In Geneva next week, the Reagan administration and the Soviet Union begin an extremely difficult search for a measure of stability in their relationship, some middle ground between the glow of detente in the 1970s and the bristling hostility of the early 1980s.

That goal is not listed on the schedule for Secretary of State George P. Shultz's Jan. 7-8 meeting with Soviet Foreign Minister Andrei A. Gromyko, but it is there between the lines. The negotiations they seek to launch in nuclear arms control are more complex and controversial than ever. U.S. and Soviet diplomats agree it will take unusual long-term resolve on both sides just to sustain the negotiating process in the constant friction of superpower rivalry.

Non-governmental American specialists also see a major obstacle to agreement in the administration's much-advertised internal split over Soviet strategy, a split that has not been resolved by the president.

Never before have the United States and the Soviet Union instructed their foreign ministers to produce an agenda encompassing "the whole range of questions concerning nuclear and outer-space arms." That sweeping objective was inspired not by optimism, however, but by failure; it is a catchall for past stalemates and new dilemmas.

The years 1981-84 were barren for nuclear arms control. Dual negotiations to limit intermediate-range and intercontinental nuclear weapons collapsed at the end of 1983 in Geneva. Nearly a year earlier, on March 23, 1983, President Reagan projected the space-based defense system dubbed "Star Wars," later named the Strategic Defense Initiative. By challenging the concept of nuclear deterrence, which is based primarily on offensive retaliatory weapons, Star Wars helped to throw the entire subject of nuclear arms control into widening arcs of controversy.

The blaze of world attention on the Shultz-Gromyko meeting bothers much more than it pleases diplomats, who see it as out of all proportion to anything next week's talks can achieve: at best, agreement on an agenda for subsequent arms negotiations. Stage-setting procedural issues, normally important only to specialists, suddenly have become front-page news.

Shultz was dismayed to hear in mid-December that U.S. television networks planned to send star "anchor teams" to Geneva, automatically raising public expectations for spectacular results. The Reagan administration, which initially was eager to dramatize its desire for arms control, anxiously began to caution against inflated expectations, which could put pressure on the United States in the bargaining at Geneva.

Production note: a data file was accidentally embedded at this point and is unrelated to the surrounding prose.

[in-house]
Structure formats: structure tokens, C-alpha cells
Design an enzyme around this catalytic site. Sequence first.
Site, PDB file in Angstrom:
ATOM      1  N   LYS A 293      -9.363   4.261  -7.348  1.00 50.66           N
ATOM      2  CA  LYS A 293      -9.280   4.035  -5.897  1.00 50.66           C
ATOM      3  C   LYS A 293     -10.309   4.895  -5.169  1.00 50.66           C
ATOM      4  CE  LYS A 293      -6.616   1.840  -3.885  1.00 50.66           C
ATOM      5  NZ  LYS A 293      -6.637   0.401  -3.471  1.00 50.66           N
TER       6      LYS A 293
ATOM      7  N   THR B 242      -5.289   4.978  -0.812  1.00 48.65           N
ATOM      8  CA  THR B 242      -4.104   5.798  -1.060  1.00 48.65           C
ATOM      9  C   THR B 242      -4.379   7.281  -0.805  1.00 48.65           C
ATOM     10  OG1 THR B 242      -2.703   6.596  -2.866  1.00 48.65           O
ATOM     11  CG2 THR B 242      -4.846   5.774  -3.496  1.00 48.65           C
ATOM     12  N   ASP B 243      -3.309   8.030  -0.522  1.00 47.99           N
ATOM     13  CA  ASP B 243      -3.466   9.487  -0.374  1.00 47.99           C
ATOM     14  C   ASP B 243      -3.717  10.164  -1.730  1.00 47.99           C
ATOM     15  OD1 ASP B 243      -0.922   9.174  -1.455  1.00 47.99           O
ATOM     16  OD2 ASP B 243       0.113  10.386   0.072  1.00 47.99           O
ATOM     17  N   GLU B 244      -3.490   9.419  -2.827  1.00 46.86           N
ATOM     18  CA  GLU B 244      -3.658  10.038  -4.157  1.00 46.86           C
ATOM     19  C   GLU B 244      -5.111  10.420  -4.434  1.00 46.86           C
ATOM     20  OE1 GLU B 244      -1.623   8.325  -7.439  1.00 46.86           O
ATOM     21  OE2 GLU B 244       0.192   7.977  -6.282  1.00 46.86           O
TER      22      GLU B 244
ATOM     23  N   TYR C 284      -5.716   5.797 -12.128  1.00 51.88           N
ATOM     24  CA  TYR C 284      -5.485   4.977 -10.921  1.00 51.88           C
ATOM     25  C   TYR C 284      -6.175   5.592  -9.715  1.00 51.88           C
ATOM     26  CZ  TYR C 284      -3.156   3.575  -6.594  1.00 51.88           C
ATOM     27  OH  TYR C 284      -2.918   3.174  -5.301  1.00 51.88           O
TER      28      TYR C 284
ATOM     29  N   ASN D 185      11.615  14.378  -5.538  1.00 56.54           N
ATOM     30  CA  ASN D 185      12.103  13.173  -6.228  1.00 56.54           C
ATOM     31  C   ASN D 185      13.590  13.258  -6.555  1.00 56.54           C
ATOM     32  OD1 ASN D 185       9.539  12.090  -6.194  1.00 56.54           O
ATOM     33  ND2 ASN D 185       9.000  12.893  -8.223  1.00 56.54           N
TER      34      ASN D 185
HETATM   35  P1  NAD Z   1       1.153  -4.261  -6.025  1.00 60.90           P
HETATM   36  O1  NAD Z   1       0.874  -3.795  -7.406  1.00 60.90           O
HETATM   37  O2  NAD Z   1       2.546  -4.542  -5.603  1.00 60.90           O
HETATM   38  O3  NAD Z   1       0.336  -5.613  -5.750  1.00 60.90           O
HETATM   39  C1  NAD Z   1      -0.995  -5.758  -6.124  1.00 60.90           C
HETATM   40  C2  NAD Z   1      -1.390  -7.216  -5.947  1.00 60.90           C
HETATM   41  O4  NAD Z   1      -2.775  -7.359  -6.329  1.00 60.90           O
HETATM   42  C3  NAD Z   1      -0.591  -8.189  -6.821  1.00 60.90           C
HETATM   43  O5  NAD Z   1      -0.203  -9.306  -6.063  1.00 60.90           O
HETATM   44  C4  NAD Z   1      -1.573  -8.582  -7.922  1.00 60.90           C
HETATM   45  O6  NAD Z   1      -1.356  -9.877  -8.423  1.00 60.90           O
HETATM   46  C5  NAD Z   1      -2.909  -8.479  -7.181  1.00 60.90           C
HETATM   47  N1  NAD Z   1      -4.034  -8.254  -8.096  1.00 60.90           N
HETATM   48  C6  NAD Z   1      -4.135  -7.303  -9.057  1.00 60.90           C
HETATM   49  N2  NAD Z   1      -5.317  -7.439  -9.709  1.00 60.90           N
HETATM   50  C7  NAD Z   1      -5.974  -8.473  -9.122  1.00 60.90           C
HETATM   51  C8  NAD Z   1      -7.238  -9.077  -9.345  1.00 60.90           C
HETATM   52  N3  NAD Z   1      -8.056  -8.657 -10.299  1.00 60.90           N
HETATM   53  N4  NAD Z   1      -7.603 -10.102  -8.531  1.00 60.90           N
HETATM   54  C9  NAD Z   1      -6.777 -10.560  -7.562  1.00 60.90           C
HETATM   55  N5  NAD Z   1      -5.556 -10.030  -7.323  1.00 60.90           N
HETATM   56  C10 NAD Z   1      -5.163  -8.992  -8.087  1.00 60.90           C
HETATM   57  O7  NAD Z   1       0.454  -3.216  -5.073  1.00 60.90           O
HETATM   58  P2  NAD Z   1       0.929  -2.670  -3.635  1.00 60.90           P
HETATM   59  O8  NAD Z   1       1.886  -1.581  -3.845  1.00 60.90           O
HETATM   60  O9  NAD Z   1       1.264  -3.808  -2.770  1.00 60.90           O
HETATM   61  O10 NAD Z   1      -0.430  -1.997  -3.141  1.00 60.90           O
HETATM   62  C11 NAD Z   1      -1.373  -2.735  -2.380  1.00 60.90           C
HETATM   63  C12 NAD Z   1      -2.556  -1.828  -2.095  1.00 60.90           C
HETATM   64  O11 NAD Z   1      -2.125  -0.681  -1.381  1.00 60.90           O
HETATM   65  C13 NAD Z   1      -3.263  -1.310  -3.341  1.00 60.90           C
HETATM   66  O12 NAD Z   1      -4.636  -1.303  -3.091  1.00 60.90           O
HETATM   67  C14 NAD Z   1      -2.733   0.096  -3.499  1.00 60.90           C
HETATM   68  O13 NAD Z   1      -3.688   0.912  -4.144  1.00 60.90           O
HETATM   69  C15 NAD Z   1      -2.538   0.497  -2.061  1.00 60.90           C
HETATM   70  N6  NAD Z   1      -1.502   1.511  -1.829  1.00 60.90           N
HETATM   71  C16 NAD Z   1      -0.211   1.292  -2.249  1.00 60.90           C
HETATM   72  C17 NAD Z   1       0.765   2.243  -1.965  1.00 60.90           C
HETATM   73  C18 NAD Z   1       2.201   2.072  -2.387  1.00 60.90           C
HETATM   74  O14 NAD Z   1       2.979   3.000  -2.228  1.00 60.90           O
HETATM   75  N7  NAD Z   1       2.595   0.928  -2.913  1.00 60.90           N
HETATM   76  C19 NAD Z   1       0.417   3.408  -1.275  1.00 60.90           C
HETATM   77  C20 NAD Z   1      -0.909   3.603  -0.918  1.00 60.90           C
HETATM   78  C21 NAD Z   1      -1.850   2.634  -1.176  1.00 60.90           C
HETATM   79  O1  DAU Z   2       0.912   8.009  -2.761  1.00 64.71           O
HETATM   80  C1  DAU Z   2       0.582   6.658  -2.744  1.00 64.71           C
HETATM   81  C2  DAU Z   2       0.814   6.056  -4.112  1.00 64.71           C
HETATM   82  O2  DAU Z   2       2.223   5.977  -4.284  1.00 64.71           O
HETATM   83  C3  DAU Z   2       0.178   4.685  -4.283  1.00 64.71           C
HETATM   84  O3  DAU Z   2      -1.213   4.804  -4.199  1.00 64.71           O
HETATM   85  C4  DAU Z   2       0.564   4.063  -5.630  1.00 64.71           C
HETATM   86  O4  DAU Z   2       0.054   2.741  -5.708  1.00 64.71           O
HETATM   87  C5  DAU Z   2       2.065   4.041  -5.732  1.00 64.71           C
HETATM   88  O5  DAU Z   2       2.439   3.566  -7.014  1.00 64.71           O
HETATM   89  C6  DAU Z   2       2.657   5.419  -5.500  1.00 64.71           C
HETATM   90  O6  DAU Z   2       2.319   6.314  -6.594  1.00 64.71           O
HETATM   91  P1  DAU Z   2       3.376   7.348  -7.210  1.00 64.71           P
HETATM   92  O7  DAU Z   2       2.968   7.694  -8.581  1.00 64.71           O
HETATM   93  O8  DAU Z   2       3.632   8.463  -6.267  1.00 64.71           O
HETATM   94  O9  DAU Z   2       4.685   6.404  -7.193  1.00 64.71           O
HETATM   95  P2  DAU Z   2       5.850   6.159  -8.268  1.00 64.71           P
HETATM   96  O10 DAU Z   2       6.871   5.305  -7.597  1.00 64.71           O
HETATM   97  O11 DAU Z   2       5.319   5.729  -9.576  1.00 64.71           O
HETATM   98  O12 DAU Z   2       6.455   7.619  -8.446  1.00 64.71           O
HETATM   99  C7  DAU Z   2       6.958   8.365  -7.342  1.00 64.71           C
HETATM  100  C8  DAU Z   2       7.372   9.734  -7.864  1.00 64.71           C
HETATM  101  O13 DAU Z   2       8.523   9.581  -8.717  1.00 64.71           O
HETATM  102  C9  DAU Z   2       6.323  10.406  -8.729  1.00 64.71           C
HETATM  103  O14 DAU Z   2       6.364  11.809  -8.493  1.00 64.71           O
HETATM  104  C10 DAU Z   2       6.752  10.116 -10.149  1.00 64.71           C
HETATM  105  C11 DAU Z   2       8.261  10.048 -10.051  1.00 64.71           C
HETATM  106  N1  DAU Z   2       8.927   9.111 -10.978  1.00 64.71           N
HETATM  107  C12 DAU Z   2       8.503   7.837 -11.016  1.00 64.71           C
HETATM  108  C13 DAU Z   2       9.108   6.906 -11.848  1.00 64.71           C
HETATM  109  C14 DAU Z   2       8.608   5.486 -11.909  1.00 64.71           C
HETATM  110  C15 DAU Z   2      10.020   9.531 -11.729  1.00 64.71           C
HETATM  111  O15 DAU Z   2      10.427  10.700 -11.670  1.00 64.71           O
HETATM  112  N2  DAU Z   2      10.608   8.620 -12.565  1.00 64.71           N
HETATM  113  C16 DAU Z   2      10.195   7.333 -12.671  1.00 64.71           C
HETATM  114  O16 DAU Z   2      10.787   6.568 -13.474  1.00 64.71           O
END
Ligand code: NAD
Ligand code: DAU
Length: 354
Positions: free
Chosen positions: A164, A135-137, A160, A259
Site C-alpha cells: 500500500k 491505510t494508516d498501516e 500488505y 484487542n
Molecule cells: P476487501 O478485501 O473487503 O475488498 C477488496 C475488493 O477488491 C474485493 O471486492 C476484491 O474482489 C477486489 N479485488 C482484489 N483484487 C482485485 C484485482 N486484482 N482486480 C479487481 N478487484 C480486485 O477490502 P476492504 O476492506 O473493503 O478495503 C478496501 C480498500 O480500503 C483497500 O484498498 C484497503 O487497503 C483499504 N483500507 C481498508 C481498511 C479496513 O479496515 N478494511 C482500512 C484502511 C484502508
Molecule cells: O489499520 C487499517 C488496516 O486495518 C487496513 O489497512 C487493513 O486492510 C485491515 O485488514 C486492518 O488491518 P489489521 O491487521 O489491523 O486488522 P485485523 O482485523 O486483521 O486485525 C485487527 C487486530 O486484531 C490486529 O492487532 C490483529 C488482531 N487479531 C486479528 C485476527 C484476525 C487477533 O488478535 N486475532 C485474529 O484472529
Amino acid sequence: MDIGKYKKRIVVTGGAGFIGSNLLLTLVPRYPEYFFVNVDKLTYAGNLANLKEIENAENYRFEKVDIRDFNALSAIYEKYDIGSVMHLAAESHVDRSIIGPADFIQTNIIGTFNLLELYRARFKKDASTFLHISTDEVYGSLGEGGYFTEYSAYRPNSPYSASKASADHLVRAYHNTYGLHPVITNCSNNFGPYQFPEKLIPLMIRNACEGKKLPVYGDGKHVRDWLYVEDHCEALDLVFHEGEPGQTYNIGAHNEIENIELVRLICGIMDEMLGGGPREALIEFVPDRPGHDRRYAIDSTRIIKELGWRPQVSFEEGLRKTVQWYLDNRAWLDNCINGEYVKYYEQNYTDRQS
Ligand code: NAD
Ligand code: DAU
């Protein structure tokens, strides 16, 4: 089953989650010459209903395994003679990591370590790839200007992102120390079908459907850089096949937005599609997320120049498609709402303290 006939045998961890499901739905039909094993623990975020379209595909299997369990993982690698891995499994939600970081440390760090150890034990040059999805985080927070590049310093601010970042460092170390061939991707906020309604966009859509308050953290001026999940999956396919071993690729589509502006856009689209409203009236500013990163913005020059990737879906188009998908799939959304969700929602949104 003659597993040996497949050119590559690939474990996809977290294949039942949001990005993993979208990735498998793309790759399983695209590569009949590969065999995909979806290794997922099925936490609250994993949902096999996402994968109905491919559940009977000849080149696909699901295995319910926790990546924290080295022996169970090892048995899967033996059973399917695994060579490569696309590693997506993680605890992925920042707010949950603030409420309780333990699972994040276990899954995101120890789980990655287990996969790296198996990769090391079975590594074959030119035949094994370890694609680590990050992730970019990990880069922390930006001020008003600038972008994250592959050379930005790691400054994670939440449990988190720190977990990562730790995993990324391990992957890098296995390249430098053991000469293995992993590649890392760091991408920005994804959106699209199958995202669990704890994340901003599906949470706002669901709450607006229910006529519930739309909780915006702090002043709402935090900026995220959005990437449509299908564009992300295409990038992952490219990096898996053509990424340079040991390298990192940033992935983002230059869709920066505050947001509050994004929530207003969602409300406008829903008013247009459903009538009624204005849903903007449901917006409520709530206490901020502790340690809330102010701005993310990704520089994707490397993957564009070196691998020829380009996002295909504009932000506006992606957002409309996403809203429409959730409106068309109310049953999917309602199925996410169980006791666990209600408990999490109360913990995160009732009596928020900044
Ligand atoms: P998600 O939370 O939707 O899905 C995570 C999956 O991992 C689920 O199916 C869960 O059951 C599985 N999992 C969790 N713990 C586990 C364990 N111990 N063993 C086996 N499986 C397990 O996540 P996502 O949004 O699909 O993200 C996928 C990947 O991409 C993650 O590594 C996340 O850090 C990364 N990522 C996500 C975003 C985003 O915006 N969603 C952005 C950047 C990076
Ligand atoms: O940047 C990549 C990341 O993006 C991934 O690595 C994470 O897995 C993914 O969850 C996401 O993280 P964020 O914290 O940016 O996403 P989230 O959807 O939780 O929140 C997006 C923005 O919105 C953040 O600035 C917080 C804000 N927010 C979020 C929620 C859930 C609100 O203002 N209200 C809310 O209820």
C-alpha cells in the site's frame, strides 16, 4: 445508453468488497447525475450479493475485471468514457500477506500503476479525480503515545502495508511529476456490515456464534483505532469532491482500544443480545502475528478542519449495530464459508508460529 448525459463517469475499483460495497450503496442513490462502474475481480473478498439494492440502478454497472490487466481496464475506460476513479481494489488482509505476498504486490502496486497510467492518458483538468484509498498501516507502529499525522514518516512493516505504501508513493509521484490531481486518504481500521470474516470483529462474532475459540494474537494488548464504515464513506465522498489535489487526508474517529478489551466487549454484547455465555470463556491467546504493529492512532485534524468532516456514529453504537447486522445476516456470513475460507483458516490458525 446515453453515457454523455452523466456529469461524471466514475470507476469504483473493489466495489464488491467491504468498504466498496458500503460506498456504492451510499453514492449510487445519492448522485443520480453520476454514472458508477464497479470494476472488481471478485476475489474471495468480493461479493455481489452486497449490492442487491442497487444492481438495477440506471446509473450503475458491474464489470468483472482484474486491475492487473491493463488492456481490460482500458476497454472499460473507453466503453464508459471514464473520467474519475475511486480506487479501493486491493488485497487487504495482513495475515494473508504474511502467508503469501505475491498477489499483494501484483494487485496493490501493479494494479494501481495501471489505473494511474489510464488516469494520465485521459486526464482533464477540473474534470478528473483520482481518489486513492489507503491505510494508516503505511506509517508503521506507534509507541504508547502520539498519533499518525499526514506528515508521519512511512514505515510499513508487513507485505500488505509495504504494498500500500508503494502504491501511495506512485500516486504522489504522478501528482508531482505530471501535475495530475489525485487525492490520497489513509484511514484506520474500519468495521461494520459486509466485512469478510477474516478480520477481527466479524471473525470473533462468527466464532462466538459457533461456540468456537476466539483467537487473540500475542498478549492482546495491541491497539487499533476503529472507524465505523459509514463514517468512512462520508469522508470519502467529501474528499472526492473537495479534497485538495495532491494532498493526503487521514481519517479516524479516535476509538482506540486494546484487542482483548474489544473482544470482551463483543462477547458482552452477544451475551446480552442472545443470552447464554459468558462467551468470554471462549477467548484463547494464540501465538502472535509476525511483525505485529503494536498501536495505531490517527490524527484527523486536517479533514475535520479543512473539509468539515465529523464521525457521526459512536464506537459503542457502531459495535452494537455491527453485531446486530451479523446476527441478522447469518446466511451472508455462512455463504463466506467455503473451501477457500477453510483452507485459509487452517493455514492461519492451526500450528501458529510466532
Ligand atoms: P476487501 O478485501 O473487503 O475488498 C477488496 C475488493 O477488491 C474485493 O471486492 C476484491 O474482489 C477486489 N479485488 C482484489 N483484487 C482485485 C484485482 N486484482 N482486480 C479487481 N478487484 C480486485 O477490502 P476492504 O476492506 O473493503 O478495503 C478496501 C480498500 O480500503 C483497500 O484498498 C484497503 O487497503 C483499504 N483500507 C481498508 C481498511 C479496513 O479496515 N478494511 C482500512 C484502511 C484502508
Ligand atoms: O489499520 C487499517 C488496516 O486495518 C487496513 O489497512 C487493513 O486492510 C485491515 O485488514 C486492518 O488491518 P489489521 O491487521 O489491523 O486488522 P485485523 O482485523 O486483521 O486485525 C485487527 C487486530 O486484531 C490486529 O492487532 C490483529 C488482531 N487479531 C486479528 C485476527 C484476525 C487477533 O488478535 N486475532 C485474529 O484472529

It is a maxim in diplomacy that serious negotiations take place in secret, and the more serious, the more secretive; but East-West diplomacy often flouts the rule.

Both sides have jockeyed intensively for public advantage in advance of the Shultz-Gromyko talks. Soviet Politburo member Mikhail S. Gorbachev in Britain last month, openly soliciting allied opposition to Star Wars, illustrated the weight being given to public diplomatic maneuvering. So did the counterattack by the Reagan administration in the president's meetings with British Prime Minister Margaret Thatcher and other western leaders, justifying Reagan's plan in its current research stage.

The Soviets fear being leapfrogged by the sort of nuclear technology that could turn up in Star Wars research. This ensures a continuing drive by the Kremlin to exploit widespread Western European apprehension about any shift in nuclear strategy. To Europeans, that strategy, with all its contradictions, has brought 40 years free of nuclear or conventional war between the major powers. It is not entirely coincidental, therefore, that the U.S. and Soviet delegations in Geneva each will be equipped to draw on the knowledge and memory of a senior official who participated in shaping that 40-year history. An Old Hand on Each Side

On the Soviet side, of course, it is the durable Gromyko, now at the peak of his political influence at 75, as deputy prime minister and foreign minister serving a new Soviet leader, Konstantin U. Chernenko. On the American side it is Paul H. Nitze, who will be 78 on Jan. 16, a special adviser to Shultz, and the most experienced American still active in nuclear negotiations.

Both men can see "new" problems in nuclear arms control as variations of problems that appeared in some form during the last four nuclear decades, sometimes with the two superpowers in positions opposite to those they now hold. Gromyko, who became Soviet ambassador in Washington at age 34, has dealt with 14 American secretaries of state starting with Cordell Hull, while Nitze has served Democratic and Republican administrations intermittently since 1940 as a policy-maker or senior negotiator.

In 1950, as head of the State Department's policy planning staff, Nitze was chief designer of a then-secret directive known as NSC 68, still regarded as the basic document on U.S. strategy in the Cold War.